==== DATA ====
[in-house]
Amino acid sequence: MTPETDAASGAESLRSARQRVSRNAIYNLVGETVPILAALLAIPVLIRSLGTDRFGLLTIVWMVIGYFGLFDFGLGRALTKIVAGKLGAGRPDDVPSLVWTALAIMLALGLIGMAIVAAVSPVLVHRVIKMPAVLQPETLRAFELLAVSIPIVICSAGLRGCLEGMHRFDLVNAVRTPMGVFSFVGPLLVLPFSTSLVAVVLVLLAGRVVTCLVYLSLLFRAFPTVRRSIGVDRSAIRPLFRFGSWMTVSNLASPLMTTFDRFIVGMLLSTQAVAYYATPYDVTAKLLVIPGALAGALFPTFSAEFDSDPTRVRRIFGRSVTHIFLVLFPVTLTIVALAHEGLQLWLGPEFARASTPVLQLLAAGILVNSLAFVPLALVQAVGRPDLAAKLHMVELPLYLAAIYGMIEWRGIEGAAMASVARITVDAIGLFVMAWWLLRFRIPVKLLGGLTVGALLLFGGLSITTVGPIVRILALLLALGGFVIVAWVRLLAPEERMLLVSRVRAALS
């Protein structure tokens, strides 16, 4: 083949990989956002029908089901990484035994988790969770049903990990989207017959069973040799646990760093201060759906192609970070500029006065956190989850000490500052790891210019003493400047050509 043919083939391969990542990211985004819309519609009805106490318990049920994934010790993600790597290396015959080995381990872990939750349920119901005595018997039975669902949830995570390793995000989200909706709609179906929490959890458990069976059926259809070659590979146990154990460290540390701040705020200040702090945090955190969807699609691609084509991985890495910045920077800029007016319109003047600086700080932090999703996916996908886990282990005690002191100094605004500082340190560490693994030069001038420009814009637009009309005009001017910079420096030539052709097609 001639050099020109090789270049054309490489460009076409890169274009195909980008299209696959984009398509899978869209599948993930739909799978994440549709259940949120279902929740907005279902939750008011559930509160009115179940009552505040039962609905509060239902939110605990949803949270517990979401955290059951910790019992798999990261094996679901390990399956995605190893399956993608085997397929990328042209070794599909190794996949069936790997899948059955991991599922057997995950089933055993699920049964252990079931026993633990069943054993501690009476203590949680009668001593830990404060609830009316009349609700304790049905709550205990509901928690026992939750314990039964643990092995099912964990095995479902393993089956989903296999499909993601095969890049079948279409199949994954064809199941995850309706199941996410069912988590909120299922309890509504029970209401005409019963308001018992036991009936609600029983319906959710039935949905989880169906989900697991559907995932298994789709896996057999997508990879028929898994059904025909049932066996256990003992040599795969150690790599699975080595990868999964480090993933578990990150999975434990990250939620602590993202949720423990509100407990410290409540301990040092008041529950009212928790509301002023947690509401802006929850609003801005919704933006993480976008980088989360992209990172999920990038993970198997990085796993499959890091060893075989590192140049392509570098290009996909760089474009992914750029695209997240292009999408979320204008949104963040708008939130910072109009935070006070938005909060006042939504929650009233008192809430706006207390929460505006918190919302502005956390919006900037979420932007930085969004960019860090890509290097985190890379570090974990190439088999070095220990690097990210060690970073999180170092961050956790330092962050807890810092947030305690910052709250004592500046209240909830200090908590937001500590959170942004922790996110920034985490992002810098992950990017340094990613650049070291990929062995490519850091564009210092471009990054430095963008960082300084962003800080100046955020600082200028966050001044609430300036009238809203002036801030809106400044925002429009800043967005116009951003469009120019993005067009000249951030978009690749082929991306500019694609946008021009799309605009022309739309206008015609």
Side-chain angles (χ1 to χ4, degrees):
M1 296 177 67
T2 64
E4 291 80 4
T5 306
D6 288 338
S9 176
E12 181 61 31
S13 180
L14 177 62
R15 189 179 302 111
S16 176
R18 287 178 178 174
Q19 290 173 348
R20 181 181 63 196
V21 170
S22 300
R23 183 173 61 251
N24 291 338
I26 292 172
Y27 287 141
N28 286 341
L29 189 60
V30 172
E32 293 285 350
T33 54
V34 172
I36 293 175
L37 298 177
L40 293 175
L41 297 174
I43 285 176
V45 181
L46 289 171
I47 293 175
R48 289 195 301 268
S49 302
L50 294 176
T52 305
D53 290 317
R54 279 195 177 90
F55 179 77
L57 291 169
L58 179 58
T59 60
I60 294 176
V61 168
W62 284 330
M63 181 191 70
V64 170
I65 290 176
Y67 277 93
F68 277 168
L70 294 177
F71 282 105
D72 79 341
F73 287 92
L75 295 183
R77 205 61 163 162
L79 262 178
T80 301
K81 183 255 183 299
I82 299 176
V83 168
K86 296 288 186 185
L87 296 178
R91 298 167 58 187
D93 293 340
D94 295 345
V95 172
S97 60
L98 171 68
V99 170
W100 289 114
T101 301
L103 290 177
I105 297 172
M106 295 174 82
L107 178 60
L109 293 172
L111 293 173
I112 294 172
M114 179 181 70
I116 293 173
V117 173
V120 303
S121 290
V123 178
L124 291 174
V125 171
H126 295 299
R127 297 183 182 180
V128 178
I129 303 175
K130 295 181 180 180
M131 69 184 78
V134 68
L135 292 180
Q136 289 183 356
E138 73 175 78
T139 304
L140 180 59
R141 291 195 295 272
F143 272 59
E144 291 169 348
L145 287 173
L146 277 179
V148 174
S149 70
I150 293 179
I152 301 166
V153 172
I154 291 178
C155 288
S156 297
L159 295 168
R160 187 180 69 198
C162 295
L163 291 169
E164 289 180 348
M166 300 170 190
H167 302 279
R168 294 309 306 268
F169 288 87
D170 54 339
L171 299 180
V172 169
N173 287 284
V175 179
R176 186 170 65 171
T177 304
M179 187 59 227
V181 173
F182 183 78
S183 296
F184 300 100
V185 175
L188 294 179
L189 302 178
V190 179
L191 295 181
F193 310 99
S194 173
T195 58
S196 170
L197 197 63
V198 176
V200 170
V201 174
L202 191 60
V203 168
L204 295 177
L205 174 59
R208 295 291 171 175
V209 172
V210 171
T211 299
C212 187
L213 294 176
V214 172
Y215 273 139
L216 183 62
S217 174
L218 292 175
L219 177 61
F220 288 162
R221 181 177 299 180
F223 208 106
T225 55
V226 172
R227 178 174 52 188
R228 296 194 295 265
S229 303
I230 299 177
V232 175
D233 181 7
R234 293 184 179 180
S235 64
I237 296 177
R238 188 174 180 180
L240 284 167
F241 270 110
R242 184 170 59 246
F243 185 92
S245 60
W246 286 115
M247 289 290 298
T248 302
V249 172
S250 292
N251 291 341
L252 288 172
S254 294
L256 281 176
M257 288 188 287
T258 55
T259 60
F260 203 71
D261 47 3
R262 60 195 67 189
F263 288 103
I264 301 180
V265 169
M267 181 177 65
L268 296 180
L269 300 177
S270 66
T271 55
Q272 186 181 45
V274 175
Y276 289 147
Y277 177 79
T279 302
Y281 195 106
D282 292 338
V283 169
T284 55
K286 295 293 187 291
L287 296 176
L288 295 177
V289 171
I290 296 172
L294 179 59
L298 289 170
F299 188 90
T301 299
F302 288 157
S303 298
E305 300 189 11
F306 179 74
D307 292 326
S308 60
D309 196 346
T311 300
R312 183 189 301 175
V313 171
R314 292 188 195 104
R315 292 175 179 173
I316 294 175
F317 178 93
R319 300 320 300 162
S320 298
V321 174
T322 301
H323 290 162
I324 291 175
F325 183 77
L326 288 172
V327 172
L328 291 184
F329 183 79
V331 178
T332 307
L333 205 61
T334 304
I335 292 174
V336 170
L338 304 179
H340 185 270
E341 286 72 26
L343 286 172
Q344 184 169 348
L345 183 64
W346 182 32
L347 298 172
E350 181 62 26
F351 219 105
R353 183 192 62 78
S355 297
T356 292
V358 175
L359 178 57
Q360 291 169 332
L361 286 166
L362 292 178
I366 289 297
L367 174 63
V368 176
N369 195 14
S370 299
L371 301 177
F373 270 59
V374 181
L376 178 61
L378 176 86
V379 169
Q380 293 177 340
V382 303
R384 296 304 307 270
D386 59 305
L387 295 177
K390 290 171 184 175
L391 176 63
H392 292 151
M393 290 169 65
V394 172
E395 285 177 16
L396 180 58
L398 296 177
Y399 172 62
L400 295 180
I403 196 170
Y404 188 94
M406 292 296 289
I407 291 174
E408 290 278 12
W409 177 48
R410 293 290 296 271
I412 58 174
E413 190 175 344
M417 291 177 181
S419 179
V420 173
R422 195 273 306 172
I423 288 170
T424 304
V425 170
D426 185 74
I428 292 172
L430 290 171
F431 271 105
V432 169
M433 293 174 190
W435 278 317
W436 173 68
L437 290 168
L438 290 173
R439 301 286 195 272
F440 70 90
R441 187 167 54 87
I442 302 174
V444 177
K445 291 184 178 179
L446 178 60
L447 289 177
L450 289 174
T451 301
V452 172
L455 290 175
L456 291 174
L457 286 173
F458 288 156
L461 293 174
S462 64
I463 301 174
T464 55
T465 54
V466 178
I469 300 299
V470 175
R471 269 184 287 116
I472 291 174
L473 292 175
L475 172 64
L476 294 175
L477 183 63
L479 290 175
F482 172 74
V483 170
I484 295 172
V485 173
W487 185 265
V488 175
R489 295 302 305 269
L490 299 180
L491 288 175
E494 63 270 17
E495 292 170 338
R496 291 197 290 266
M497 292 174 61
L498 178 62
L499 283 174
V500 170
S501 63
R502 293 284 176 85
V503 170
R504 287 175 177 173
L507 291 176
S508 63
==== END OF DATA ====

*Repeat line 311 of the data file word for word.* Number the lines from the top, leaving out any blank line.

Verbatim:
R410 293 290 296 271